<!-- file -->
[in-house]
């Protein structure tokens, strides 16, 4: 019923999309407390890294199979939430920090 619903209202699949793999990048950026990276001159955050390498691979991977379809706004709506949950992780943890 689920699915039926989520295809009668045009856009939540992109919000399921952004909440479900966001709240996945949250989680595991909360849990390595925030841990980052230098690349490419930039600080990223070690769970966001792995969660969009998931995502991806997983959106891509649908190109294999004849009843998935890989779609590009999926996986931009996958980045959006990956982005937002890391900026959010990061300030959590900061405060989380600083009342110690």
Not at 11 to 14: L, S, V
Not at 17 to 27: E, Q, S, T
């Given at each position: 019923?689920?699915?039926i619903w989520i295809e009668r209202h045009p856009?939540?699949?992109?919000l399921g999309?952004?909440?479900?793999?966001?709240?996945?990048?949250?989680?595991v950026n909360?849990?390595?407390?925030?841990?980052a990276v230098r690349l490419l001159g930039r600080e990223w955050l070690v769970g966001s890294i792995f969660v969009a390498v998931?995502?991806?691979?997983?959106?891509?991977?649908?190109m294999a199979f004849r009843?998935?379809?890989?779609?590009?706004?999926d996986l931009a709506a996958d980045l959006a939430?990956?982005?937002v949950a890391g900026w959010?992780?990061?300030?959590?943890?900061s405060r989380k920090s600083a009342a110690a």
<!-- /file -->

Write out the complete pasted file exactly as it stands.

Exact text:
[in-house]
């Protein structure tokens, strides 16, 4: 019923999309407390890294199979939430920090 619903209202699949793999990048950026990276001159955050390498691979991977379809706004709506949950992780943890 689920699915039926989520295809009668045009856009939540992109919000399921952004909440479900966001709240996945949250989680595991909360849990390595925030841990980052230098690349490419930039600080990223070690769970966001792995969660969009998931995502991806997983959106891509649908190109294999004849009843998935890989779609590009999926996986931009996958980045959006990956982005937002890391900026959010990061300030959590900061405060989380600083009342110690």
Not at 11 to 14: L, S, V
Not at 17 to 27: E, Q, S, T
């Given at each position: 019923?689920?699915?039926i619903w989520i295809e009668r209202h045009p856009?939540?699949?992109?919000l399921g999309?952004?909440?479900?793999?966001?709240?996945?990048?949250?989680?595991v950026n909360?849990?390595?407390?925030?841990?980052a990276v230098r690349l490419l001159g930039r600080e990223w955050l070690v769970g966001s890294i792995f969660v969009a390498v998931?995502?991806?691979?997983?959106?891509?991977?649908?190109m294999a199979f004849r009843?998935?379809?890989?779609?590009?706004?999926d996986l931009a709506a996958d980045l959006a939430?990956?982005?937002v949950a890391g900026w959010?992780?990061?300030?959590?943890?900061s405060r989380k920090s600083a009342a110690a």